Personally, I feel a dog’s collar should be his “necklace,” the band to which his ID is attached, not an end of the leash! Seeing people, even inadvertently, pulling on their best pal’s neck hurts me to the core, but is much worse for the dog. When walking your dog, my best pearl of wisdom is to have the leash attached to a properly fitting harness. Do note the words “properly fitting.” You must adjust according to your dog’s girth and make sure it is on secure, not too tight and not too loose. Some store bought harnesses can be a challenge to move the straps through the buckles to fit, but once sized, they just need a quick check each time they go on to make sure they have not loosened or tightened and you and your walking buddy are good to go.
Besides my improv tube sock muzzle and tote bag back-end harness, one of my fav things to teach in the PROPER HANDLING & RESTRAINT section of my Pet First Aid Classes is…the Figure-8 Harness! Using a slip lead to safely gain control of a pet without choking him or having him slip free is a necessity when providing emergency care. The technique is simple and is a one-size-fits-most harness…
- Place the handle through the “O” or “D” ring.
- Drop loop over dog’s head and pull snug.
- Wrap leash end around chest behind both front legs, and…
- Come up from opposite side slipping handle back through “O” or “D” ring.
Voila! You have safely restrained a pet (dog or cat) without applying un-due pressure to the neck or vocal chords. Over the years, I have heard from a great number of pet first aid students how handy this technique has been for them and how it has allowed them to capture an elusive chihuahua or other pet in need.
My problem with slip leads however, is that if they aren’t long enough, or if someone doesn’t know the figure-8 technique, they likely place the first loop around the head and end there, risking the chance of hurting vocal chords or choking the pet. Straining on the neck can potentially increase pressure on the carotid artery and jugular vein as well as the eyes and could damage soft cartilage and cervical discs. In small breeds, such as the Yorkshire Terrier, a collapsed trachea can result, but if a pet suffers from this malady, a loop should NEVER be placed around his neck. This includes a loop used by groomers, so always aprise others of any challenges your dog has.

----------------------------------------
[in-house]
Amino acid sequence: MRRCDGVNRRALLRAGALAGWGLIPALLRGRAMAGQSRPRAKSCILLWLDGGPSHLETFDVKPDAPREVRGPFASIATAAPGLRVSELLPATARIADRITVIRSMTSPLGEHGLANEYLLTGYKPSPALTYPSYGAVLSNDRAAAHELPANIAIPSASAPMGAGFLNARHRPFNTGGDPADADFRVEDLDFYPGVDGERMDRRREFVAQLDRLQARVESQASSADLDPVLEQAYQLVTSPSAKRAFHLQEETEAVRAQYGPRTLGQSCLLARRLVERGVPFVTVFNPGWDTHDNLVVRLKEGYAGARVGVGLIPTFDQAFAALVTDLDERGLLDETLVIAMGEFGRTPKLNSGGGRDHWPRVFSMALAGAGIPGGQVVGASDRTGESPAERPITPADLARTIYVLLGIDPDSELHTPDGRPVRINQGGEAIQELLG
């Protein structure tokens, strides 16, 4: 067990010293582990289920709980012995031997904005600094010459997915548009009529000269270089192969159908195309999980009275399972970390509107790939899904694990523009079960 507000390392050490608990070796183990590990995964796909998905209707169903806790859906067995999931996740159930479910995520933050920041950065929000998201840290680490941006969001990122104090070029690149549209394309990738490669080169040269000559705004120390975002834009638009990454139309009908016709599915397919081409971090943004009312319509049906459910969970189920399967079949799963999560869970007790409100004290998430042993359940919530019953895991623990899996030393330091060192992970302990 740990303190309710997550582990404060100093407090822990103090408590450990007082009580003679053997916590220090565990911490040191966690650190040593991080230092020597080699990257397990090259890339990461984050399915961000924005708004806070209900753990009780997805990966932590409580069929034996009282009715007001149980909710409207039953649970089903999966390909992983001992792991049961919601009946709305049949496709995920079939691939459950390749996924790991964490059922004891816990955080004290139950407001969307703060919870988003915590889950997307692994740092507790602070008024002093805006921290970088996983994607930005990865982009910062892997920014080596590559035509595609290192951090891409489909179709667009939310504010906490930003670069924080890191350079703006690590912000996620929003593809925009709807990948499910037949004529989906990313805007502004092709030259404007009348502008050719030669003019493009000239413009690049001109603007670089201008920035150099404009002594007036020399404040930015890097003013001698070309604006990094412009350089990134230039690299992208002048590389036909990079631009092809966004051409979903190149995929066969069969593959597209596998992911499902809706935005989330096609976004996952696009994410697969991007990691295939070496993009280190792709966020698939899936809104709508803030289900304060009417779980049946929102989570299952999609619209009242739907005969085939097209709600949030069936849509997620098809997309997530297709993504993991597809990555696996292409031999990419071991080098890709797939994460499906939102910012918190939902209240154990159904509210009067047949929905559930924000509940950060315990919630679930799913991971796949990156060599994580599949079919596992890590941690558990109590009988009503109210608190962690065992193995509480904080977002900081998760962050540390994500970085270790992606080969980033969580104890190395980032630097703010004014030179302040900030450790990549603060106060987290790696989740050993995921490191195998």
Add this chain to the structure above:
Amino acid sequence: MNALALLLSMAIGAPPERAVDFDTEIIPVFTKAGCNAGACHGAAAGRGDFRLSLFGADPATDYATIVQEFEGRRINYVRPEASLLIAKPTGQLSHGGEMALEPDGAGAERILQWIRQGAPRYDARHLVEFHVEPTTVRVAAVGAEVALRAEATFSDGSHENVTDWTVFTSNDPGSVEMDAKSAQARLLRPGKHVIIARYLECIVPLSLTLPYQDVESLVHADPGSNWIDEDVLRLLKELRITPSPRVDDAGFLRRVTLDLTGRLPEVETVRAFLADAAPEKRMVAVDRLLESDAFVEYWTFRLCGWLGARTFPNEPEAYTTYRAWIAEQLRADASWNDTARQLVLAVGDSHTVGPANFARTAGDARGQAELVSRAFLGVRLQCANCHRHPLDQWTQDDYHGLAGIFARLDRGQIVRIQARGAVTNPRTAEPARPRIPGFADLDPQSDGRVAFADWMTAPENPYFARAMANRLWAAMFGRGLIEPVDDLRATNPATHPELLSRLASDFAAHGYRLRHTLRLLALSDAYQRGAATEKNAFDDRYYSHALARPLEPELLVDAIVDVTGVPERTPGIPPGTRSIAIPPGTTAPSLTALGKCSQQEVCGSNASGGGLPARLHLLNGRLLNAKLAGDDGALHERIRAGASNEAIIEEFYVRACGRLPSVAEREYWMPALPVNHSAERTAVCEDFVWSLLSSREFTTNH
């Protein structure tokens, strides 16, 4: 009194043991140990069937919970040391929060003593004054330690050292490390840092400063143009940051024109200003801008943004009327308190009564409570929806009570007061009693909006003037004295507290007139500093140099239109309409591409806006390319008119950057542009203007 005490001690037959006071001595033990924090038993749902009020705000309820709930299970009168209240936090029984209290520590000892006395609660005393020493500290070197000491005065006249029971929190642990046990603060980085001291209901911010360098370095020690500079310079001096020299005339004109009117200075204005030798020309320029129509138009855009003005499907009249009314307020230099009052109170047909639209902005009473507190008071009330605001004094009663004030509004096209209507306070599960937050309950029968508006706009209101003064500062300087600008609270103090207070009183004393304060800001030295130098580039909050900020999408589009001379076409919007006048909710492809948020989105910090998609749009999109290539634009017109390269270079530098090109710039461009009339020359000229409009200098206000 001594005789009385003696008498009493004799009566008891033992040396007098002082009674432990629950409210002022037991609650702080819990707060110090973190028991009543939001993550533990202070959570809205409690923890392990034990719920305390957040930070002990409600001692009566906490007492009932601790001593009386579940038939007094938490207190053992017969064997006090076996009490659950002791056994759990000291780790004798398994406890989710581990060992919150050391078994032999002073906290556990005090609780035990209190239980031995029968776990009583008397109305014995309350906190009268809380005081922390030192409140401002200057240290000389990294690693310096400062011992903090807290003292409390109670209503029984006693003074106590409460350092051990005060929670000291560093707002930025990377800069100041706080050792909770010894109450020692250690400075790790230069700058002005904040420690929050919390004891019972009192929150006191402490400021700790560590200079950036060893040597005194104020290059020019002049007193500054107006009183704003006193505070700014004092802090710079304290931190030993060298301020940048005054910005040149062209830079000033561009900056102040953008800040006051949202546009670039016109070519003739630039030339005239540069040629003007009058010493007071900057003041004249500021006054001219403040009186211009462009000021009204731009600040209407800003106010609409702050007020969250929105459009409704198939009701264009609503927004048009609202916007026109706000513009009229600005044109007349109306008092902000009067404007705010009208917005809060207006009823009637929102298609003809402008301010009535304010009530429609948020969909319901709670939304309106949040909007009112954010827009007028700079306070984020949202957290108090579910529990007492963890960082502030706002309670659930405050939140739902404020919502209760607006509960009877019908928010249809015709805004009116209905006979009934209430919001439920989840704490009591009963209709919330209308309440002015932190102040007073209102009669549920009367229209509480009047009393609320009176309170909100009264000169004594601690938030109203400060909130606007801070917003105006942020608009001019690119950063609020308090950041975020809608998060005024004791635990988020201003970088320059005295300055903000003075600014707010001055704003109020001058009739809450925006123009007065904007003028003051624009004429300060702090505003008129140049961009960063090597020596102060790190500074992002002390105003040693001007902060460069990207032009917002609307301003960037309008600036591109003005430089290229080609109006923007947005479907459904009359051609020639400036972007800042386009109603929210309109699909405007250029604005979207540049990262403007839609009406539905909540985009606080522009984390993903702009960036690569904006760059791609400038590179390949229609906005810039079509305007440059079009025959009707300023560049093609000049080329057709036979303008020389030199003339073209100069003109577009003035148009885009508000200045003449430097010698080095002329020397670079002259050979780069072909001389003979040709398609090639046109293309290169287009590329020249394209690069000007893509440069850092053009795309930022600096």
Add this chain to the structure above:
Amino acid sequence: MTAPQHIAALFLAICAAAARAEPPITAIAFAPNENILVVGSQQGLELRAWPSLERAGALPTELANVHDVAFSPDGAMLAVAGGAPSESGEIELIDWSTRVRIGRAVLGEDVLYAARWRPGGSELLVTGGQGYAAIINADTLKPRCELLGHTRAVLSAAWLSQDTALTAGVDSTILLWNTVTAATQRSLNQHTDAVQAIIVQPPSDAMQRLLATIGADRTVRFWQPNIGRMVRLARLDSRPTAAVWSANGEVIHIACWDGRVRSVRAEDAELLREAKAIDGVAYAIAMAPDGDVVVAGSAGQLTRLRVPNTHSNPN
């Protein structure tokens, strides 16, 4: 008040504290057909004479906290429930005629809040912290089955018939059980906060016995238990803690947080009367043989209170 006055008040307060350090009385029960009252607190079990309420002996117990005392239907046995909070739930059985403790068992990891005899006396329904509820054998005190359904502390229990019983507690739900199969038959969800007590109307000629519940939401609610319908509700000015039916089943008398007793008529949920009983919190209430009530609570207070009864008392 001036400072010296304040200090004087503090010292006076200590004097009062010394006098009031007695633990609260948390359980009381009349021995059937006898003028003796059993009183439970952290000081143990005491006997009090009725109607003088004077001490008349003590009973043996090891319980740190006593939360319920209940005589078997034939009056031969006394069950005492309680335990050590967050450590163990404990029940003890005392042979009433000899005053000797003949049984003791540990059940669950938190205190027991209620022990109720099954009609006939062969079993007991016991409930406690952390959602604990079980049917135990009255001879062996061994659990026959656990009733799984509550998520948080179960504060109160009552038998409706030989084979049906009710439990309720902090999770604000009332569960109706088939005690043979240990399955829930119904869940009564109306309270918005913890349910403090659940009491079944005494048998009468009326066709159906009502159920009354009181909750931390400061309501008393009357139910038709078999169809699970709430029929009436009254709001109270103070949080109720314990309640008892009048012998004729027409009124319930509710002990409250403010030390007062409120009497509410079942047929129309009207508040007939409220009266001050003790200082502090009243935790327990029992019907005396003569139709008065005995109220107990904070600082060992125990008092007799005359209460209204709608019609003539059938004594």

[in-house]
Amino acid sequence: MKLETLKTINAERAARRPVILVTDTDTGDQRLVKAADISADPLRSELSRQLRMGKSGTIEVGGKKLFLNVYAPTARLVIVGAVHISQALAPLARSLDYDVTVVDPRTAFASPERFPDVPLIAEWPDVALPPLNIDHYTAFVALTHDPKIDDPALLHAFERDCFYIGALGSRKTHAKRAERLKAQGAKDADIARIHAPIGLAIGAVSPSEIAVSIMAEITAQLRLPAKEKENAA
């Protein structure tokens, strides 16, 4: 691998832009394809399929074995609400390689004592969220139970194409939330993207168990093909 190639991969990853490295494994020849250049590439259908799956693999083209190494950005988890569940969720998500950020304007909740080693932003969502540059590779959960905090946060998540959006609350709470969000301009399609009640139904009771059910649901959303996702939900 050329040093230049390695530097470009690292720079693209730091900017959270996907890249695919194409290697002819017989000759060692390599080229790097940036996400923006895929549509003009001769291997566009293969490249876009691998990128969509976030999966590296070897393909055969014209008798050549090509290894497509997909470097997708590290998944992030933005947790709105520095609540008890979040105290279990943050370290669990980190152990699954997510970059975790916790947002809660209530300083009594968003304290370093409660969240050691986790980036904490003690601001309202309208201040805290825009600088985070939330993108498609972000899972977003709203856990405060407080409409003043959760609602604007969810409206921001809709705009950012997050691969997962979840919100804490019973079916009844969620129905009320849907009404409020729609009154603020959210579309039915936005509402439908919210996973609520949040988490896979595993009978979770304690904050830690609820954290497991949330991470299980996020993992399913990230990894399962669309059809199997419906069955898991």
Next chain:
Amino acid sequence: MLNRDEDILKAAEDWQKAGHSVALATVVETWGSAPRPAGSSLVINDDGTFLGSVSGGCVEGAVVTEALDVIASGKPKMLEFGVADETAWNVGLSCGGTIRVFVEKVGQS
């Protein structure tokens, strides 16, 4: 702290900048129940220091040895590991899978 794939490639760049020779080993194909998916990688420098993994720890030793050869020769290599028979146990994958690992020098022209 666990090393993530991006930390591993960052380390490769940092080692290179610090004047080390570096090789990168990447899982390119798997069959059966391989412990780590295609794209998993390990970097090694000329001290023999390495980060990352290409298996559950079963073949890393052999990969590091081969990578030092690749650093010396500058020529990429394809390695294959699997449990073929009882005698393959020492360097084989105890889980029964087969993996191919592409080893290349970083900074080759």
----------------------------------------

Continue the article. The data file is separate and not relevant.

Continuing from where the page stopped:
Recently, I discovered the MyOne Leash leash/collar/harness all-in-one! It’s premise is basically the same as using a slip lead but a much improved, yet simple and safe way, to gain control of your pet. Buckles allow you to place “stops” so that they leash stays in a certain configuration while “rings” allow you to either keep it as a slip lead loosening and tightening depending on the pet’s pull and resistance OR…locking it into place. Thanks to a “T” strap that you configure from the neck collar to the harness wrap, no pressure is exhibited on the dog’s neck!
“T” strap separates the neck collar from the body harness so no strain occurs on the dog’s neck!
I had the pleasure of “zooming” with retired software developer and lifelong dog lover, Art Ingram, the creator of this product. He went to the drawing board when he realized his dog, Soffie, easily followed a vet tech back into the exam room when she placed a leash around her midsection and MyOne Leash was born!
MyOne Leash ensures a dog’s safety, security and control when walking and being handled in public, so it is certainly a great way to gain control of a pet during an emergency. This multipurpose device adjusts to any shape or size dog and it’s all one piece, it’s all you need. It can be a front clip harness or more traditional back clip. Some feel back clip harnesses can actually encourage dogs to pull as it is a dog’s natural inclination to push or pull against pressure (aka opposition reflex). Using a front clip harness causes the dog to resist that natural inclination and encourages him to walk by your side. How do we lead a horse to drink? From the front, of course 🙂
The problem I mentioned earlier, that a typical slip lead may come up short, is NOT a problem with this ingenious device! Made of extra strong, non-abrasive nylon, the version for larger dogs is 10 feet long and 1″ wide, grrrreat for even my super-sized Akita! For our smaller fur friends (under 35 lbs.) the width of the leash is reduced to a more comfortable 3/4″ wide and the length is 9 feet.
And the best news of all…